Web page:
J. B. Pendry, D. Schurig, and D. R. Smith, “Controlling electromagnetic fields,” Science 312, 1780–1782 (2006).
[Crossref] [PubMed]

D. Schurig, J. J. Mock, B. J. Justice, S. A. Cummer, J. B. Pendry, A. F. Starr, and D. R. Smith, “Metamaterial electromagnetic cloak at microwave frequencies,” Science 314, 977–980 (2006).
[Crossref] [PubMed]

Shen, L.

H. Chen, B. Zheng, L. Shen, H. Wang, X. Zhang, N. I. Zheludev, and B. Zhang, “Ray-optics cloaking devices for large objects in incoherent natural light,” Nat. Comm. 4, 2652 (2013).
[Crossref]

Siegman, A. E.

A. E. Siegman, Lasers (University Science Books, 1986).

Smith, D. R.

N. Landy and D. R. Smith, “A full-parameter unidirectional metamaterial cloak for microwaves,” Nat. Mater. 12, 25–28 (2013).
[Crossref]

D. Schurig, J. J. Mock, B. J. Justice, S. A. Cummer, J. B. Pendry, A. F. Starr, and D. R. Smith, “Metamaterial electromagnetic cloak at microwave frequencies,” Science 314, 977–980 (2006).
[Crossref] [PubMed]

J. B. Pendry, D. Schurig, and D. R. Smith, “Controlling electromagnetic fields,” Science 312, 1780–1782 (2006).
[Crossref] [PubMed]

Soric, J. C.

J. C. Soric, P. Y. Chen, A. Kerkhoff, D. Rainwater, K. Melin, and A. Alu, “Demonstration of an ultralow profile cloak for scattering suppression of a finite-length rod in free space,” New J. Phys. 15, 033037 (2013).
[Crossref]

D. Rainwater, A. Kerkhoff, K. Melin, J. C. Soric, G. Moreno, and A. Alu, “Experimental verification of three-dimensional plasmonic cloaking in free-space,” New J. Phys. 14, 013054 (2012).
[Crossref]

Starr, A. F.

D. Schurig, J. J. Mock, B. J. Justice, S. A. Cummer, J. B. Pendry, A. F. Starr, and D. R. Smith, “Metamaterial electromagnetic cloak at microwave frequencies,” Science 314, 977–980 (2006).
[Crossref] [PubMed]

Stenger, N.

T. Ergin, N. Stenger, P. Brenner, J. B. Pendry, and M. Wegener, “Three-dimensional invisibility cloak at optical wavelengths,” Science 328, 337–339 (2010).
[Crossref] [PubMed]

Wang, H.

H. Chen, B. Zheng, L. Shen, H. Wang, X. Zhang, N. I. Zheludev, and B. Zhang, “Ray-optics cloaking devices for large objects in incoherent natural light,” Nat. Comm. 4, 2652 (2013).
[Crossref]

Wegener, M.

T. Ergin, N. Stenger, P. Brenner, J. B. Pendry, and M. Wegener, “Three-dimensional invisibility cloak at optical wavelengths,” Science 328, 337–339 (2010).
[Crossref] [PubMed]

Weiner, A. M.

J. M. Lukens, D. E. Leaird, and A. M. Weiner, “A temporal cloak at telecommunication data rate,” Nature 498, 205–208 (2013).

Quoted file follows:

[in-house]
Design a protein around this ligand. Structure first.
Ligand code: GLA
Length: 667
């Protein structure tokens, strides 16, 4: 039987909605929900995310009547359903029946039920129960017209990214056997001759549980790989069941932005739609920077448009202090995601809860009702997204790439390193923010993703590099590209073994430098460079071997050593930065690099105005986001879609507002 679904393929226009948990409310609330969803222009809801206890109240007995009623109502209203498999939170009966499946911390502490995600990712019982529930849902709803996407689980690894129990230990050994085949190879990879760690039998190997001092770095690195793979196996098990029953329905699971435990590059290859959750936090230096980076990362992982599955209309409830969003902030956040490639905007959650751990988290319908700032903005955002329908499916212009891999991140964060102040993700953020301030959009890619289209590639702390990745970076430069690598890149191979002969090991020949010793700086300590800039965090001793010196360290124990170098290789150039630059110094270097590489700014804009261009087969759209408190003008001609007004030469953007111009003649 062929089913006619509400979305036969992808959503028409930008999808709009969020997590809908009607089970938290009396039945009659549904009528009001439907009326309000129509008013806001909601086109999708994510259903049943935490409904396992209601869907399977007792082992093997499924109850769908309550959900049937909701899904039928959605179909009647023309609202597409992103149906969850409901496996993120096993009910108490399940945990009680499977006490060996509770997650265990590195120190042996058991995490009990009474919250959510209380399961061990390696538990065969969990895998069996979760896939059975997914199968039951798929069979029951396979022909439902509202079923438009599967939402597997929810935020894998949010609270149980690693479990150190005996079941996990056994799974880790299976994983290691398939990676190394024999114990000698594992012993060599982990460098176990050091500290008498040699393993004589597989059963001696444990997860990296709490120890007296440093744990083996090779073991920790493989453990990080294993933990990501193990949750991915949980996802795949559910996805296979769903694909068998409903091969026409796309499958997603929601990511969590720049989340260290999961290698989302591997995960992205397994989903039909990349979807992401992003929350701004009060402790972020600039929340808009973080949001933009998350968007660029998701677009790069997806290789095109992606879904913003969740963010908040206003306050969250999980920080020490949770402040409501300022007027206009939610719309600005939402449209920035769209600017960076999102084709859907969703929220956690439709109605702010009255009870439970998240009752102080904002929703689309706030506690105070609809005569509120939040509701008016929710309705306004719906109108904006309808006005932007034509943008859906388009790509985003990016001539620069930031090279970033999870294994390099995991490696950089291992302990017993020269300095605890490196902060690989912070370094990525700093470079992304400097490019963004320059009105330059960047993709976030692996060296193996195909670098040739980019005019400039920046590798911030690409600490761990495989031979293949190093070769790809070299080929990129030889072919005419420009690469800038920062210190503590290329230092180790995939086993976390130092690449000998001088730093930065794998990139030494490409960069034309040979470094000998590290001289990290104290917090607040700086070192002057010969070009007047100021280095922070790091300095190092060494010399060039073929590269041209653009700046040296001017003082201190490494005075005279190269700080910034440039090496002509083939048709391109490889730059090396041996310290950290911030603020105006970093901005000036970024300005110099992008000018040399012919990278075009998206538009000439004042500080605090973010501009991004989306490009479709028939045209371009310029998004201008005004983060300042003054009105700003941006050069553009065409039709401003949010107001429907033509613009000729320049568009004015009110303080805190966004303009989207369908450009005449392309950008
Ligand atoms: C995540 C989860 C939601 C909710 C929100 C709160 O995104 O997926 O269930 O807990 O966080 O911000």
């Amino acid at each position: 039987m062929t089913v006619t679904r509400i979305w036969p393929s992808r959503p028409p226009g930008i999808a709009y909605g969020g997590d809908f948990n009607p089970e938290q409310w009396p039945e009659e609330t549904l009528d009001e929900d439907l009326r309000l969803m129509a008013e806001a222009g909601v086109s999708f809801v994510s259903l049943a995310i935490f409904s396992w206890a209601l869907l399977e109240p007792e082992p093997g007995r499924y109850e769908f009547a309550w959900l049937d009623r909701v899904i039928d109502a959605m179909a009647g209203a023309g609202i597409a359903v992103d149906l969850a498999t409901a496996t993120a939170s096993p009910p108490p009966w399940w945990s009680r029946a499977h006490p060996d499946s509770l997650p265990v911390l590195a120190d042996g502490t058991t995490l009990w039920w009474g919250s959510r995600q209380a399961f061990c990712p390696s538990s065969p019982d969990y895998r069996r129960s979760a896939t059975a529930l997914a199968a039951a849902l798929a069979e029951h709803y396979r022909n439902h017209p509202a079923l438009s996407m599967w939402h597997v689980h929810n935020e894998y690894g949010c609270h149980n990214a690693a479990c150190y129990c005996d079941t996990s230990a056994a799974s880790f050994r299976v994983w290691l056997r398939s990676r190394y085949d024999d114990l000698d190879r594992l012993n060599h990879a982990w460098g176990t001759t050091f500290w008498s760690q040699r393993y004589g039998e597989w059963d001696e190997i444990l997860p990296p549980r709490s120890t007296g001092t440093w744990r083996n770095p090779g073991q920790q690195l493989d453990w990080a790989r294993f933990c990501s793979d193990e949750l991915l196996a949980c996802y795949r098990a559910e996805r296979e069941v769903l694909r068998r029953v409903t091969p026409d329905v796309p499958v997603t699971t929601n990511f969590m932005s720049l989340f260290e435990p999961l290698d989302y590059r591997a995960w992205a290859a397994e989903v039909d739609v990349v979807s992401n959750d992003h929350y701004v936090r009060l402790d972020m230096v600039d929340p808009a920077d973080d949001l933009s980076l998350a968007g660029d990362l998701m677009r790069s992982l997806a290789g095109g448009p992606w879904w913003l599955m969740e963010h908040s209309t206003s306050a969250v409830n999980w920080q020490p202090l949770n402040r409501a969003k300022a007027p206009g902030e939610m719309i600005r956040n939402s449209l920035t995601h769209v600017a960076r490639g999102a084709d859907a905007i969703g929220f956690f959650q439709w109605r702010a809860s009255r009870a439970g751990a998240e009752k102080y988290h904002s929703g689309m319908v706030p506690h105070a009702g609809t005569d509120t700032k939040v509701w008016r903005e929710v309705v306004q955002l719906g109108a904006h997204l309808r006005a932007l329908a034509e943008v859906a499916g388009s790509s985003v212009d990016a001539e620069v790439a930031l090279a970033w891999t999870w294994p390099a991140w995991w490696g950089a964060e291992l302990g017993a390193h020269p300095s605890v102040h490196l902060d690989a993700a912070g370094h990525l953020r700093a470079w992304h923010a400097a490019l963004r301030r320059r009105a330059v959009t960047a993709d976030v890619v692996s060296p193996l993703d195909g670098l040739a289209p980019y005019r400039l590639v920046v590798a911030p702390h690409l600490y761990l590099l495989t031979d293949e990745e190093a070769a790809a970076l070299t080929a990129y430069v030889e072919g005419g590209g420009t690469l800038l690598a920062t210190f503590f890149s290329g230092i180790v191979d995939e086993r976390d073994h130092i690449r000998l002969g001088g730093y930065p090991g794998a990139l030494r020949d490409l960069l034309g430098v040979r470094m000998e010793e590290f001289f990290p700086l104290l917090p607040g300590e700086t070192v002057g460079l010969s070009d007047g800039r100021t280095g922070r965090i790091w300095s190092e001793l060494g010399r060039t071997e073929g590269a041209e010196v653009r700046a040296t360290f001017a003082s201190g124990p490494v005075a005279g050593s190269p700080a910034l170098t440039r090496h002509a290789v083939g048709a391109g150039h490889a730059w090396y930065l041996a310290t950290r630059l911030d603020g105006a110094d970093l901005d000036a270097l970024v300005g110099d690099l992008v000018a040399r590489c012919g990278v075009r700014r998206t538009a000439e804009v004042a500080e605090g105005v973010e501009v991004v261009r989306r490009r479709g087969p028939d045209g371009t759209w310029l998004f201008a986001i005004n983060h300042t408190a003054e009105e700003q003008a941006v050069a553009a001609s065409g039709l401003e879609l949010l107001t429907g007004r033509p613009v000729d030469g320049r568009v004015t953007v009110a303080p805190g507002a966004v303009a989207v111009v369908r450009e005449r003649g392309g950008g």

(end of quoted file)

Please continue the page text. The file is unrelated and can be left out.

[Crossref] [PubMed]

Wolf, E.

E. Wolf and T. Habashy, “Invisible bodies and uniqueness of the inverse scattering problem,” J. Mod. Opt. 40, 785–792 (1993).
[Crossref]

M. Born and E. Wolf, Principles of Optics: Electromagnetic Theory of Propagation, Interference and Diffraction of Light (Cambridge University, 2010), 7th ed.

Zhai, T. R.

T. R. Zhai, X. B. Ren, R. K. Zhao, J. Zhou, and D. H. Liu, “An effective broadband optical ’cloak’ without metamaterials,” Laser Phys. Lett. 10, 066002 (2013).
[Crossref]

Zhang, B.

H. Chen, B. Zheng, L. Shen, H. Wang, X. Zhang, N. I. Zheludev, and B. Zhang, “Ray-optics cloaking devices for large objects in incoherent natural light,” Nat. Comm. 4, 2652 (2013).
[Crossref]

B. Zhang, “Electrodynamics of transformation-based invisibility cloaking,” Light. Sci. Appl. 1, e32 (2012).
[Crossref]

Zhang, B. L.

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Supplementary Material (4)

» Media 1: MOV (3488 KB)     
» Media 2: MOV (8087 KB)     
» Media 3: MOV (6153 KB)     
» Media 4: MOV (6824 KB)     

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Figures (6)

Fig. 1
Fig. 1

Example of a practical paraxial cloak. (a)–(c) A hand is cloaked for varying directions, while the background image is transmitted properly. See ( Media 1) and ( Media 2) for videos. (d) On-axis view of the ray optics cloaking device. (e) Setup using practical, easy to obtain optics, for demonstrating paraxial cloaking principles. (Photos by J. Adam Fenster, videos by Matthew Mann / University of Rochester)

Fig. 2
Fig. 2

Investigating ‘perfect’ paraxial cloaking with rays. (a) A ‘perfect’ ray optics cloaking box. Rays exit the box as if the box was filled with the surrounding medium. Non-zero volume inside hides an object. Angles do not change, but the positions shift proportionally to the ray angles and box length. The image seen by the observer should match the object exactly. (b)–(d) Diagrams for a two lens (b), three lens (c), or four lens (d) system. f’s are the focal lengths, t’s are the distances between the elements. (e) All possible four lens, symmetric, perfect paraxial cloaks for rays. Plot of t1/f2 (solid), t2/f2 (dashed), and L/f2 (dotted) as a function of a ≡ f1/f2. Assumed symmetric left and right halves (f1 = f4, f2 = f3, and t1 = t3). L is the total length of the system. The physical feasibility and presence of a non-empty cloaking region must be checked separately.